Thursday, August 4, 2005

FCC Imposes CALEA on VoIP Providers Offering PSTN Interconnection

Responding to a petition from the Department of Justice, the Federal Bureau of Investigation (FBI) , and the Drug Enforcement Agency (DEA), the FCC ruled that certain types of VoIP services must accommodate law enforcement wiretaps. The action was described as "the first critical step to apply CALEA obligations to new technologies and services that are increasingly used as a substitute for conventional services."

The FCC reasoned that VoIP services which essentially replace conventional telecommunications services are subject to the Communications Assistance for Law Enforcement Act (CALEA), which gives law enforcement agencies the authority to conduct court-ordered wiretaps.

The Order is limited to facilities-based broadband Internet access service providers and VoIP providers that offer services permitting users to receive calls from, and place calls to, the public switched telephone network. These VoIP providers are called interconnected VoIP providers.

The Commission found that the definition of "telecommunications carrier" in CALEA is broader than the definition of that term in the Communications Act and can encompass providers of services that are not classified as telecommunications services under the Communications Act. CALEA contains a provision that authorizes the Commission to deem an entity a telecommunications carrier if the Commission "finds that such service is a replacement for a substantial portion of the local telephone exchange."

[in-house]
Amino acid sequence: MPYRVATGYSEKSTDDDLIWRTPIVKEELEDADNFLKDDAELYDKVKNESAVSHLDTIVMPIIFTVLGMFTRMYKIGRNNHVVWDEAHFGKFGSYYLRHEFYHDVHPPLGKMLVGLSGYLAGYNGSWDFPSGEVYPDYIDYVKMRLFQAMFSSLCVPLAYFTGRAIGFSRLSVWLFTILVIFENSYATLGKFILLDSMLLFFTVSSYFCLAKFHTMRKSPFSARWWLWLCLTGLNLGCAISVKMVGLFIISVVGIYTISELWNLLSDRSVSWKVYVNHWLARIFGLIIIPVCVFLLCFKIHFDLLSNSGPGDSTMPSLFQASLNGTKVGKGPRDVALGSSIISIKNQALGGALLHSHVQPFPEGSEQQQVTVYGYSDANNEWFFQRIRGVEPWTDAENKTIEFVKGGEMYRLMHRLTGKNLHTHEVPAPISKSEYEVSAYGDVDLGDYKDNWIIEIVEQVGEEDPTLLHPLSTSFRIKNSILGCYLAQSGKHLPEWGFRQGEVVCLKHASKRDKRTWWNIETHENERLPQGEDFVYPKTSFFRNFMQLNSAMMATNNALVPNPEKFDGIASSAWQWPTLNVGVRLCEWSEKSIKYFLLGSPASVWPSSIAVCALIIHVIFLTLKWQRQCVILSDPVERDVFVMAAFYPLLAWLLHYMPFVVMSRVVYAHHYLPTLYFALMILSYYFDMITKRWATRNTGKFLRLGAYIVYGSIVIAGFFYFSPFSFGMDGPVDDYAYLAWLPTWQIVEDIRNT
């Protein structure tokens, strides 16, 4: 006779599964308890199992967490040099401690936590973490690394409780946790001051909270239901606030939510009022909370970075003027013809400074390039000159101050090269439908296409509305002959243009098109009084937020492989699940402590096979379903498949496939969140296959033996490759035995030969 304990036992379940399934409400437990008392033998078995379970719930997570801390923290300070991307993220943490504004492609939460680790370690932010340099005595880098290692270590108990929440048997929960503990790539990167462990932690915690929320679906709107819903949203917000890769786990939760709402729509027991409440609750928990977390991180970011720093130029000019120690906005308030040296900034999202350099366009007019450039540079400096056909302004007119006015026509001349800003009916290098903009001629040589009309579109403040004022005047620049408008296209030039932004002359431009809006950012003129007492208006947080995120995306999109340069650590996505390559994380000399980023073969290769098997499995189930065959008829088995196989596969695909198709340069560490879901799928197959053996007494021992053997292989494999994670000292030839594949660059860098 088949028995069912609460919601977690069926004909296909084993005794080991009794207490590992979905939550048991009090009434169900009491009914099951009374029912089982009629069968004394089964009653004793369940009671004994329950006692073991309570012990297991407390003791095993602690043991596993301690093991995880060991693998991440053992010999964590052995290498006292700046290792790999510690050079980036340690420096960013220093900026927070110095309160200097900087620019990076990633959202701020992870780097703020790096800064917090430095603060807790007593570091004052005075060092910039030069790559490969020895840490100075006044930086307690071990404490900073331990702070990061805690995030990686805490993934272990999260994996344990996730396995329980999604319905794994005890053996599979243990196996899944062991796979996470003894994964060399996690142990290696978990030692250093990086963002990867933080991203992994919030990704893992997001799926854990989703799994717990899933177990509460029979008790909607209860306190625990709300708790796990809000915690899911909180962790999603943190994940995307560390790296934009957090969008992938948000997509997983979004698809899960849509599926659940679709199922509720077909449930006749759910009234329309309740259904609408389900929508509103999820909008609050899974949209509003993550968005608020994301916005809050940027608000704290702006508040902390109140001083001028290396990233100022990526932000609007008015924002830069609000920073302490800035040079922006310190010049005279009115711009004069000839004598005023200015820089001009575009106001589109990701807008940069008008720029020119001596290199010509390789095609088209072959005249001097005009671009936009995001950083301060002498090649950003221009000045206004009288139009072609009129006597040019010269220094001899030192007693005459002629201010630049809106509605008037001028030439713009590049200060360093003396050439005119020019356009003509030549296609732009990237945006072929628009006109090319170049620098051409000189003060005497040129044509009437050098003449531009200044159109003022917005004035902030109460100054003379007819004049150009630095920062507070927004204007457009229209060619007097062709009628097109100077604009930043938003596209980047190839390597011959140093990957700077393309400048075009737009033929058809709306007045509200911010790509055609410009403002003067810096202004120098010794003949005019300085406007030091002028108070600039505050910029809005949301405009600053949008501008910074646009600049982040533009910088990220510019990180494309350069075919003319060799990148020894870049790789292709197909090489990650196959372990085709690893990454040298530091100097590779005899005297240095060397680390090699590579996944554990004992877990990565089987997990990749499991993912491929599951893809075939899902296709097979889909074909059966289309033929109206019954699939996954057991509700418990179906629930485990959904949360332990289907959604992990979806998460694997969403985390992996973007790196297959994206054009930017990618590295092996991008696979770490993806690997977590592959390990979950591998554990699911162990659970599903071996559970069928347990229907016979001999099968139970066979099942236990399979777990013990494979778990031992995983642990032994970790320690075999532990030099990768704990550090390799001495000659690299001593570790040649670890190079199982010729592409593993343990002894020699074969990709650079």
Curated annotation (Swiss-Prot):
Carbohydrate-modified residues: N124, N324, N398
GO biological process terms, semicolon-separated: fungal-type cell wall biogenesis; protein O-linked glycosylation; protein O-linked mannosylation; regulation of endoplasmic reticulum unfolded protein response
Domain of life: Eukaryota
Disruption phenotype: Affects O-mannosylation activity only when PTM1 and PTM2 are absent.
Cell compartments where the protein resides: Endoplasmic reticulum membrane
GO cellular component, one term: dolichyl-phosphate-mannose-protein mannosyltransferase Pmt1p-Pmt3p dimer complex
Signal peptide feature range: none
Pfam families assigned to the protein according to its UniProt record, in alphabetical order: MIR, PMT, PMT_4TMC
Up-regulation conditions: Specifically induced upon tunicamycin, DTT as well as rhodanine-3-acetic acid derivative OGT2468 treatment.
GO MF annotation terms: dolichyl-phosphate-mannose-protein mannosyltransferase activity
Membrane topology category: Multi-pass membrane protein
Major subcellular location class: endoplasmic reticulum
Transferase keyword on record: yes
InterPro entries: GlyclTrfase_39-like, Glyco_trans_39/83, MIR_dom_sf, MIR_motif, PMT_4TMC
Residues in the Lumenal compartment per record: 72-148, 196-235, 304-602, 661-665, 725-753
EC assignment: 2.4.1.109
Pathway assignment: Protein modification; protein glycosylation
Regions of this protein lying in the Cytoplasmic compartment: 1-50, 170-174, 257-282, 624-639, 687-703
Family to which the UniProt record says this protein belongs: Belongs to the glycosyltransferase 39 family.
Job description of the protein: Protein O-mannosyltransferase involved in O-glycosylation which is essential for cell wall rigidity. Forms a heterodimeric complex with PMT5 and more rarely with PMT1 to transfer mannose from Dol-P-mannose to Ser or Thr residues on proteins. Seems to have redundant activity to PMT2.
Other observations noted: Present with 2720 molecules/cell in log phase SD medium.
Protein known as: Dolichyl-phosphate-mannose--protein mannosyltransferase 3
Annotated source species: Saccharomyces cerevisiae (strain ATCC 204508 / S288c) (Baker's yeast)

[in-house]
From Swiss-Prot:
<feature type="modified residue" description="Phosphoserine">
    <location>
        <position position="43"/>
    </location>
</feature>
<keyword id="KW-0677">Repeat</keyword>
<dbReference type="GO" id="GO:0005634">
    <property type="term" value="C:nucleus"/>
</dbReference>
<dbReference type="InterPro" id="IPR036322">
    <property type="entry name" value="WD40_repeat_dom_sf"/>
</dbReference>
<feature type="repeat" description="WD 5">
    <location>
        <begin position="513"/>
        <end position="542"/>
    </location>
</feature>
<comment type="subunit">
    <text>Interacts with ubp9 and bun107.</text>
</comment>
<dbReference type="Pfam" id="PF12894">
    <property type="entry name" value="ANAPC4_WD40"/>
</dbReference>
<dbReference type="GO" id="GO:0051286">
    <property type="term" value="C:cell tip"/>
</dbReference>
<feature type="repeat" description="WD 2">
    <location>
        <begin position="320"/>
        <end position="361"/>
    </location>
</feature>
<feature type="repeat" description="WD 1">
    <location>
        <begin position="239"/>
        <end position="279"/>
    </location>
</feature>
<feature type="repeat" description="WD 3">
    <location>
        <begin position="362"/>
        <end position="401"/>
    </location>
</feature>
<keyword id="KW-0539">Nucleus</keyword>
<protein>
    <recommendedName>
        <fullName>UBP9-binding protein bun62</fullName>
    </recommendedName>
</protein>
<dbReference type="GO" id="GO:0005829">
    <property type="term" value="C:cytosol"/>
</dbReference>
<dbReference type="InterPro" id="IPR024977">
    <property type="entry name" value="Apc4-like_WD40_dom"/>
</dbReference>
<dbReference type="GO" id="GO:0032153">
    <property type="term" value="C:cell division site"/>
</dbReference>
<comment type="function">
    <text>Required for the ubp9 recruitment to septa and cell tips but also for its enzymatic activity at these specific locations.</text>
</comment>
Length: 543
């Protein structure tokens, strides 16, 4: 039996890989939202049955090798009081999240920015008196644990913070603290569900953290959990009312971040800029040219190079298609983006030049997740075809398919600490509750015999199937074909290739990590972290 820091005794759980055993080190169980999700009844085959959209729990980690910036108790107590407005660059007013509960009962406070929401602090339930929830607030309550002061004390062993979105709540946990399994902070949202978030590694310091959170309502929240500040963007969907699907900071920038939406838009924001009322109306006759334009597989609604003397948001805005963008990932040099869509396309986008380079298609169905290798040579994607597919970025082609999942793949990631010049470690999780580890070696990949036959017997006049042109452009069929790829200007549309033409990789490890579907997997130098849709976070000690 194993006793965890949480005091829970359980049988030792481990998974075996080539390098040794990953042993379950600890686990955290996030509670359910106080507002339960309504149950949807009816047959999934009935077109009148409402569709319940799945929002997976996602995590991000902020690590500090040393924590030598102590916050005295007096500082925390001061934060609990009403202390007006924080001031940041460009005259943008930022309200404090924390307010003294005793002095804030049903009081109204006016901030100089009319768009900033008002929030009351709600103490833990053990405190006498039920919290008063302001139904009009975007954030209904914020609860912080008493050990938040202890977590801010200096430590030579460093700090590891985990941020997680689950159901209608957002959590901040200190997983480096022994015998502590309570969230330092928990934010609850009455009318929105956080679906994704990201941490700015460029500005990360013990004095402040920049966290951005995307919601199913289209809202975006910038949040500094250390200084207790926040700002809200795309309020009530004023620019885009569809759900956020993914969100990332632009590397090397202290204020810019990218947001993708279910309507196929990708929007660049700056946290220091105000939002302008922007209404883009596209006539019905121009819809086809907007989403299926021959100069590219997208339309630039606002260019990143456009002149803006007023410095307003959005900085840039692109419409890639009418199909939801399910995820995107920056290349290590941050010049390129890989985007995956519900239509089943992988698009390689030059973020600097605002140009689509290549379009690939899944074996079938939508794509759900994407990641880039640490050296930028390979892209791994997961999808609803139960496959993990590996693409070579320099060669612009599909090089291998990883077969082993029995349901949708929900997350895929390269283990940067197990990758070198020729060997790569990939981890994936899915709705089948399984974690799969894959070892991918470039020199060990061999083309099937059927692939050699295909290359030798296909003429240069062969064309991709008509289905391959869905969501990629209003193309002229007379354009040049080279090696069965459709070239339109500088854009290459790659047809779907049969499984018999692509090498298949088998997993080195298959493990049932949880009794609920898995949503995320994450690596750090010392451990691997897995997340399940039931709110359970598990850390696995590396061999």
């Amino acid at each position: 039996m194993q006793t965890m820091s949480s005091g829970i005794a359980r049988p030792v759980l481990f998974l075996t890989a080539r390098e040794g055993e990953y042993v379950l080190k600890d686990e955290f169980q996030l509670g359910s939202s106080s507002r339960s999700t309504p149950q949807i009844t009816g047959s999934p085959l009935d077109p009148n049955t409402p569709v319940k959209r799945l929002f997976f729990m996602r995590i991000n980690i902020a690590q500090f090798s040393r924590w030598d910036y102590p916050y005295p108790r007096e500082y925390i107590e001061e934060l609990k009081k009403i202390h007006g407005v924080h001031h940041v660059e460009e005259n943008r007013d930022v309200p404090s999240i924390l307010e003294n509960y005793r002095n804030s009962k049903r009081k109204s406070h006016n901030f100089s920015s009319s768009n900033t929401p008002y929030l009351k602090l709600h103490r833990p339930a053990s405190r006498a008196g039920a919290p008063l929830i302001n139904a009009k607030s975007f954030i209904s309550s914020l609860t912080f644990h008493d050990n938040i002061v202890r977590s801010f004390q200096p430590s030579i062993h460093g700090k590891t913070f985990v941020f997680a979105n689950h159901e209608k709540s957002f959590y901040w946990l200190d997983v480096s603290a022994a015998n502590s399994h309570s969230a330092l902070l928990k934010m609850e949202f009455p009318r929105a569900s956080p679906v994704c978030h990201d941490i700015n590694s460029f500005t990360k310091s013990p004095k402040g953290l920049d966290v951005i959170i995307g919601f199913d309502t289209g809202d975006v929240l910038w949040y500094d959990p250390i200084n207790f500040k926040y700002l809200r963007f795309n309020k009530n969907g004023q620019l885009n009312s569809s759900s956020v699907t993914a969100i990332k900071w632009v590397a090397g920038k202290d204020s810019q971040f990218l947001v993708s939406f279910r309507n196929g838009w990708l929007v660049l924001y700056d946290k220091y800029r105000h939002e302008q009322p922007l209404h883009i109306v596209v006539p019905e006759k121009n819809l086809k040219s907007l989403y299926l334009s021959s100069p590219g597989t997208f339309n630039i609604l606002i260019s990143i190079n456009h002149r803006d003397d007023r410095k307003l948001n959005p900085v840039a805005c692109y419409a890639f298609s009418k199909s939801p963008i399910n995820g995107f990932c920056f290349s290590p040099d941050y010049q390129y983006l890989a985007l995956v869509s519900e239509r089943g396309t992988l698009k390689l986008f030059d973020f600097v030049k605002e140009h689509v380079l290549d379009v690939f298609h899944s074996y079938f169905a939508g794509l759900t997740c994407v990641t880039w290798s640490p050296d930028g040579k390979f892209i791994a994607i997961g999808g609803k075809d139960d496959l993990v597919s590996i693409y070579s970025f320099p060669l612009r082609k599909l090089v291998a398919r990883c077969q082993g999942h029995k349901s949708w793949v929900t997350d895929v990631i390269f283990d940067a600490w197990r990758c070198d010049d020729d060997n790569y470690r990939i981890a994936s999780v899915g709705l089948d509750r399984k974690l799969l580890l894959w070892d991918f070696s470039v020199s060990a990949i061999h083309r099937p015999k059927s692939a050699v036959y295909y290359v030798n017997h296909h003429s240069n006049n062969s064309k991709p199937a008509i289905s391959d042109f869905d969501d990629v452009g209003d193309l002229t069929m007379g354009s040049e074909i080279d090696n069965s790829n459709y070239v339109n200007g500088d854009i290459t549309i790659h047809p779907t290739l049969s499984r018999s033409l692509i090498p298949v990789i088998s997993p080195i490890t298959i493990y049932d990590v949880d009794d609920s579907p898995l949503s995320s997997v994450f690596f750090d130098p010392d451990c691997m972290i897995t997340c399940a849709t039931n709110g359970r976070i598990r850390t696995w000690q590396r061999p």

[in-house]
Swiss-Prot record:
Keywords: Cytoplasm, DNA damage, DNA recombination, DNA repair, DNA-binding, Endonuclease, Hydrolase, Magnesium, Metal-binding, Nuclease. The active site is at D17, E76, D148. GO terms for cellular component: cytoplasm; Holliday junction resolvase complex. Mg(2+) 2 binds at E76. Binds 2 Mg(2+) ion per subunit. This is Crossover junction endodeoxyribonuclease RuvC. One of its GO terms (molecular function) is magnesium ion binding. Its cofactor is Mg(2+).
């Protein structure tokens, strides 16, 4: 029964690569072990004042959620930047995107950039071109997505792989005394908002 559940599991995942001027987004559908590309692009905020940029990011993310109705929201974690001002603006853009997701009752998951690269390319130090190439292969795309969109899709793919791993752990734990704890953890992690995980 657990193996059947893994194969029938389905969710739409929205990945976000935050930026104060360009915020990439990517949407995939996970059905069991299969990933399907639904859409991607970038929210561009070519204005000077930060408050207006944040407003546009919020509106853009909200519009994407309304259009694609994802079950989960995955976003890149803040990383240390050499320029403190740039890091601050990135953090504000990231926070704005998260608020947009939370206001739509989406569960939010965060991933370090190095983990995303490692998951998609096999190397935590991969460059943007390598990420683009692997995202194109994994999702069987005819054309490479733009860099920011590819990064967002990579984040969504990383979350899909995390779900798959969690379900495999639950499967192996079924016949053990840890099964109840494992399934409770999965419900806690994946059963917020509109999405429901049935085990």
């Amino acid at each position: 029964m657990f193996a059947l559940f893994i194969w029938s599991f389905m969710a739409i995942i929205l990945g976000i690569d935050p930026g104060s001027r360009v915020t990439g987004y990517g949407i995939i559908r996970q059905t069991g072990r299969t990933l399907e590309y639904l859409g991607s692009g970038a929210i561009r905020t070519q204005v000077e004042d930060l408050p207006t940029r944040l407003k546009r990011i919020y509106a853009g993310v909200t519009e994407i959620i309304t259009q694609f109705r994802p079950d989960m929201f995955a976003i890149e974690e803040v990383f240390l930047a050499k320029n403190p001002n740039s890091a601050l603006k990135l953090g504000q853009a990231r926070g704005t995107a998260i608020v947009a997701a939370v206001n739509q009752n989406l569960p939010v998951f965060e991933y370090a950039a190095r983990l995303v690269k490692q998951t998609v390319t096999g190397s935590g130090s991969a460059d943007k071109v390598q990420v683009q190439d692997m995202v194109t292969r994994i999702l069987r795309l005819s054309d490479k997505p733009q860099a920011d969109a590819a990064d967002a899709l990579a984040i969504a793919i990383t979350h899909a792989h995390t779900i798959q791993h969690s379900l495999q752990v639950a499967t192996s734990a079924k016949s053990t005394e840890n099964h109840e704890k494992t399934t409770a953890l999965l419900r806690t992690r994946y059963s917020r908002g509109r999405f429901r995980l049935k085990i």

Because broadband Internet and interconnected VoIP providers need a reasonable amount of time to come into compliance with all relevant CALEA requirements, the FCC established a deadline of 18 months from the effective date of this Order, by which time newly covered entities and providers of newly covered services must be in full compliance.

The FCC also adopted a Further Notice of Proposed Rulemaking that will seek more information about whether certain classes or categories of facilities-based broadband Internet access providers -- notably small and rural providers and providers of broadband networks for educational and research institutions -- should be exempt from CALEA.

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